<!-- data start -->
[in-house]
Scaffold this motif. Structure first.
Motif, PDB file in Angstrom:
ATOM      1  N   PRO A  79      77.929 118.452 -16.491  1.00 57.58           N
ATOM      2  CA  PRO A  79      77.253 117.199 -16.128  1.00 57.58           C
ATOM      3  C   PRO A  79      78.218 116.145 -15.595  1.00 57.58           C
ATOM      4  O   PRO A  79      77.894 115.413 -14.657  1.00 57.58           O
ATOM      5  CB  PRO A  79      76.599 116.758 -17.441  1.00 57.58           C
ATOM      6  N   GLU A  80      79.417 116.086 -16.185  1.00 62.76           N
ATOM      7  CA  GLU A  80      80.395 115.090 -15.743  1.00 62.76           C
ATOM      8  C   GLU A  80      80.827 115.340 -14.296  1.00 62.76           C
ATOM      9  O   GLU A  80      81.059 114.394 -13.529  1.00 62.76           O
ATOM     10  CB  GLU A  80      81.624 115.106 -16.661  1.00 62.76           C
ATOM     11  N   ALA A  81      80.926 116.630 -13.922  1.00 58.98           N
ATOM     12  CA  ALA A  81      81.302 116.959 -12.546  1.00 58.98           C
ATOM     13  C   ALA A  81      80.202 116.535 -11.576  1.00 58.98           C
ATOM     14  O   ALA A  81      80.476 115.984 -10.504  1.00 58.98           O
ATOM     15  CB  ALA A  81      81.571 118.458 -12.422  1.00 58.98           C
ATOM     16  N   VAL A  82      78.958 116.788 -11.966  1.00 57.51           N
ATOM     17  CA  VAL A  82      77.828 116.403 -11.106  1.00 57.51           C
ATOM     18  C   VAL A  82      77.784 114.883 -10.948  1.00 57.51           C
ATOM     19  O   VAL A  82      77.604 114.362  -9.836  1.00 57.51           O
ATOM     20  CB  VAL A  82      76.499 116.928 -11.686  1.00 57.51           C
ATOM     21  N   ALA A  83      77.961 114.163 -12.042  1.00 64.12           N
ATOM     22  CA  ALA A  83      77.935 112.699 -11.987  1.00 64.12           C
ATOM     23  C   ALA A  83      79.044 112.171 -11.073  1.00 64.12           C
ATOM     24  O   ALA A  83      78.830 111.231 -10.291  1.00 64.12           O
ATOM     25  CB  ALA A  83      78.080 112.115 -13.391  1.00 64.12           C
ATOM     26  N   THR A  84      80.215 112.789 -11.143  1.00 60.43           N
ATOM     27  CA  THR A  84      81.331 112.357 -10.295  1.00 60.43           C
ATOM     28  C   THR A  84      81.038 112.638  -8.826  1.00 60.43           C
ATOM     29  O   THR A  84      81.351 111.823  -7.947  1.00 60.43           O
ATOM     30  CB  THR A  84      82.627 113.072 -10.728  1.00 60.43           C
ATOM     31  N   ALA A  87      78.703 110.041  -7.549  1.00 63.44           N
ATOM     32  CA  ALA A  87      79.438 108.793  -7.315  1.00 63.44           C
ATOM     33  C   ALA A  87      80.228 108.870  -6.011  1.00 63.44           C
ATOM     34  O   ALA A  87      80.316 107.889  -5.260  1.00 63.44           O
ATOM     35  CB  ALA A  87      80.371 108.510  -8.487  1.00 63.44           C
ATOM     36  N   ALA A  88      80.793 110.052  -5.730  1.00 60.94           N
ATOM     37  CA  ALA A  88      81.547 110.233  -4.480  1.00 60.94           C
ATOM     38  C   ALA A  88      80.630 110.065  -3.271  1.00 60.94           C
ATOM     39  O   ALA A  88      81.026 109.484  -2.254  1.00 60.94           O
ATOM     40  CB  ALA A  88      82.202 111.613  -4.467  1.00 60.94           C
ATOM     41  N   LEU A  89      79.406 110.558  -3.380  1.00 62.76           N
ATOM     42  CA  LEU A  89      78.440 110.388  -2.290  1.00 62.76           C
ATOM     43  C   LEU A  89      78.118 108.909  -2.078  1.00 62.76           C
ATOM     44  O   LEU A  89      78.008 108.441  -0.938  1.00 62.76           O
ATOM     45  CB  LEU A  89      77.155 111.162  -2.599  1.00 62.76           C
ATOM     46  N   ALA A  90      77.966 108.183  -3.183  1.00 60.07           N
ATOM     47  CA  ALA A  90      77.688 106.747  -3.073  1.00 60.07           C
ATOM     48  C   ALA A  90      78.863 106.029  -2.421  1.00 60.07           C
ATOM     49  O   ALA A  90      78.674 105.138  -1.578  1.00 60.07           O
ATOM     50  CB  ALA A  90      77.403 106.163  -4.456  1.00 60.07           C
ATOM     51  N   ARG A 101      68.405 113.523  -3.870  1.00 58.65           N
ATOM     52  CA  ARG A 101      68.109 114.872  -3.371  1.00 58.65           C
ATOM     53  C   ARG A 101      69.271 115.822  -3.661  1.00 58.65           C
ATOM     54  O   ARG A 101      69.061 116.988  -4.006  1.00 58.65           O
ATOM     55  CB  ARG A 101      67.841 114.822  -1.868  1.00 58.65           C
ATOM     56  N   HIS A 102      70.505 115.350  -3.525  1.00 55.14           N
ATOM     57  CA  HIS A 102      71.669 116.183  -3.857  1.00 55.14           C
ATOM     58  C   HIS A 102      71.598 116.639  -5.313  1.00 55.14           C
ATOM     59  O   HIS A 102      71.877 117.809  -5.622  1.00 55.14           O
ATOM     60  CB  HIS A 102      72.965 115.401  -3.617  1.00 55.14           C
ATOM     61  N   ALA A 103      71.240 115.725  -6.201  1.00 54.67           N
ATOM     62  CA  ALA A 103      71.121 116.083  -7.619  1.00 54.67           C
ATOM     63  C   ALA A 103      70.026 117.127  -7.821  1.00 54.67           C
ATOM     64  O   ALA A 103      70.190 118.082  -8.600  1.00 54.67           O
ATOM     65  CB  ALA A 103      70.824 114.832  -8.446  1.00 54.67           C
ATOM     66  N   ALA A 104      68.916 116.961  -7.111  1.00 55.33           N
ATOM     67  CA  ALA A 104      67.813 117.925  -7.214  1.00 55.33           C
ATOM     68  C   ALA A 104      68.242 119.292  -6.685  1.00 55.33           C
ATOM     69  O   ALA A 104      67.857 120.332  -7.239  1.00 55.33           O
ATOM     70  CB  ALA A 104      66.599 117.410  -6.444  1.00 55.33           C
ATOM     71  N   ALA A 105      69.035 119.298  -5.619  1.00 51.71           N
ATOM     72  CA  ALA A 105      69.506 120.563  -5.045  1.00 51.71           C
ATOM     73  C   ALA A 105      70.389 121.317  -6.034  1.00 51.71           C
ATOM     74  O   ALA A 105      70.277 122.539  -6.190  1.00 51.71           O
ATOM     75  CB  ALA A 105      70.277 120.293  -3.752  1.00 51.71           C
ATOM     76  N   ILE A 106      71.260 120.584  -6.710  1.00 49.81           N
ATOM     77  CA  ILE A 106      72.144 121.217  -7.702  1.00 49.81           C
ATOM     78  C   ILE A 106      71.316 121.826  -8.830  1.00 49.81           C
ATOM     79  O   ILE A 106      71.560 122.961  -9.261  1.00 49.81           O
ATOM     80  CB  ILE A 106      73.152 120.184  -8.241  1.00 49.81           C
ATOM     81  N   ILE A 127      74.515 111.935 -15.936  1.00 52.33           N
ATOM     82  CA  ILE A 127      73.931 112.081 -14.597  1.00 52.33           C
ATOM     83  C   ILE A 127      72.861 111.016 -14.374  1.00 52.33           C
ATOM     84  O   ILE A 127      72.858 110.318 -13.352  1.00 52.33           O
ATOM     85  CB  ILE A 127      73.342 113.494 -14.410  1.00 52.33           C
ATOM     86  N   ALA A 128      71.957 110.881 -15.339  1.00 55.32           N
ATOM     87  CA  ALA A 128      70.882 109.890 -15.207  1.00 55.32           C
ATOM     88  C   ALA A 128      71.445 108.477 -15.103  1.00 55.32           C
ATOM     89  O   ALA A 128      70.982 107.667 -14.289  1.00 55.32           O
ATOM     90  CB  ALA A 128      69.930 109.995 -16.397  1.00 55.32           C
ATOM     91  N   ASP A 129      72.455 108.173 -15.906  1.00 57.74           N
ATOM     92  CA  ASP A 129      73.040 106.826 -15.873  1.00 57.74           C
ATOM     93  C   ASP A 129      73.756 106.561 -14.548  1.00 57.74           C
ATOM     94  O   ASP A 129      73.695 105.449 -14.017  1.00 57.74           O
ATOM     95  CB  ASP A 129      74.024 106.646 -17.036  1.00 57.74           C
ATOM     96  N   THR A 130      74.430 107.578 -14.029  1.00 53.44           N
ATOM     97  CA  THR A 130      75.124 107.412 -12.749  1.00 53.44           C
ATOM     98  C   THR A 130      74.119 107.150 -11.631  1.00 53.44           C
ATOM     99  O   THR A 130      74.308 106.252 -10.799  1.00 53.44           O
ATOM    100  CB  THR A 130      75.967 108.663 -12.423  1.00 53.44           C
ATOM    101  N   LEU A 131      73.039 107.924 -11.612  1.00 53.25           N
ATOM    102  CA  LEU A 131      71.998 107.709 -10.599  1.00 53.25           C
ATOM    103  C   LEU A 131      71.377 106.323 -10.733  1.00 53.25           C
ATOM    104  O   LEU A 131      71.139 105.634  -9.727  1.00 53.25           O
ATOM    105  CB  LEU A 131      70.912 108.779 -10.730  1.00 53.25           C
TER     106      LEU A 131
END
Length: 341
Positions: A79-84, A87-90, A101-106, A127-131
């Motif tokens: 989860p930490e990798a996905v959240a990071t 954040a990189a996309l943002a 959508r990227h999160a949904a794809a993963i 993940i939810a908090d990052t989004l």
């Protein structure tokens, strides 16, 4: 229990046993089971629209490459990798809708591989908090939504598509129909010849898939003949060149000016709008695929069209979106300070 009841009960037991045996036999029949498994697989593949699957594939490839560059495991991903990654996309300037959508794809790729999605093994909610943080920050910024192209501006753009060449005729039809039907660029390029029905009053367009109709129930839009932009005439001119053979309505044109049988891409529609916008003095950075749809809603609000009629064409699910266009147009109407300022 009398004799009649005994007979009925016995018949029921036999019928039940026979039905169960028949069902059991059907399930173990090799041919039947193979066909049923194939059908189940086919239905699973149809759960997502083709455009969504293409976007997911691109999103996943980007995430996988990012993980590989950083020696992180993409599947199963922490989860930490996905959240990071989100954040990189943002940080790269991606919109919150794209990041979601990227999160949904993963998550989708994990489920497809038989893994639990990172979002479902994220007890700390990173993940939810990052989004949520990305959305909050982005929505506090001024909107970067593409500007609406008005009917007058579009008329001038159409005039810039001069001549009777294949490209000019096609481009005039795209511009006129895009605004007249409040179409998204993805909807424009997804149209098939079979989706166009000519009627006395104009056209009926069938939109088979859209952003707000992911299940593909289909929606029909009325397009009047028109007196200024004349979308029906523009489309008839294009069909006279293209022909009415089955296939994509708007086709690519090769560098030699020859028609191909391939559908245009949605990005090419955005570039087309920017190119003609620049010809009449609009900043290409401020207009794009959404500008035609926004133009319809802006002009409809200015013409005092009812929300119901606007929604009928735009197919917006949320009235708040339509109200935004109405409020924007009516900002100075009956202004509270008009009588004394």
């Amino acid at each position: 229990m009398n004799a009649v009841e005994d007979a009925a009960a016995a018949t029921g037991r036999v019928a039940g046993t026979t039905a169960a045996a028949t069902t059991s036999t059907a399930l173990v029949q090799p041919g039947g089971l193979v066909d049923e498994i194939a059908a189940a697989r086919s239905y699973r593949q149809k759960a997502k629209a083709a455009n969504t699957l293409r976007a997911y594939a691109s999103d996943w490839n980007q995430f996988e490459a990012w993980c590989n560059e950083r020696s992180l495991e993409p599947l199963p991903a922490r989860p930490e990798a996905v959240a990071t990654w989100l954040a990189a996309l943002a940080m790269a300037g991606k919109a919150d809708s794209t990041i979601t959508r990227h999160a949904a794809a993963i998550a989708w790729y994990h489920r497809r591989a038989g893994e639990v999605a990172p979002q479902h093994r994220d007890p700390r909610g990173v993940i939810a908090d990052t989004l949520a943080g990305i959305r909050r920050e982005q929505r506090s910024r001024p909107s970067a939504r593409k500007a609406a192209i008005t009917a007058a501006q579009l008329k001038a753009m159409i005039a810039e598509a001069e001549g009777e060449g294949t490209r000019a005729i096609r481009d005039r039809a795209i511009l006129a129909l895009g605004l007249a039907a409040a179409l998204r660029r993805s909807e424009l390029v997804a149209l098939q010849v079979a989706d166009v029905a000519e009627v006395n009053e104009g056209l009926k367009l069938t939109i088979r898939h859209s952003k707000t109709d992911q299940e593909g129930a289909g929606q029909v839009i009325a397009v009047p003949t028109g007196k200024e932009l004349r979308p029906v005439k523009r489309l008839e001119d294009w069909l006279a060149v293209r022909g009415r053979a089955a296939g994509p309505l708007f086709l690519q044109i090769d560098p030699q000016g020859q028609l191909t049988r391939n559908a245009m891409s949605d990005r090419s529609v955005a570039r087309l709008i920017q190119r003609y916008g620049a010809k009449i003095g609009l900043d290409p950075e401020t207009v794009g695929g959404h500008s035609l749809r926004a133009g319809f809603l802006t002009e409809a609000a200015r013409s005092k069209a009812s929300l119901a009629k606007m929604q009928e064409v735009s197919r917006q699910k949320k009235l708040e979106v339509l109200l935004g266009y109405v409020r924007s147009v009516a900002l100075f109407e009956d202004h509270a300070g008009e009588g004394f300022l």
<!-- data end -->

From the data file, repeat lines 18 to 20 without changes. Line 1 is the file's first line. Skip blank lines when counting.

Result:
ATOM     15  CB  ALA A  81      81.571 118.458 -12.422  1.00 58.98           C
ATOM     16  N   VAL A  82      78.958 116.788 -11.966  1.00 57.51           N
ATOM     17  CA  VAL A  82      77.828 116.403 -11.106  1.00 57.51           C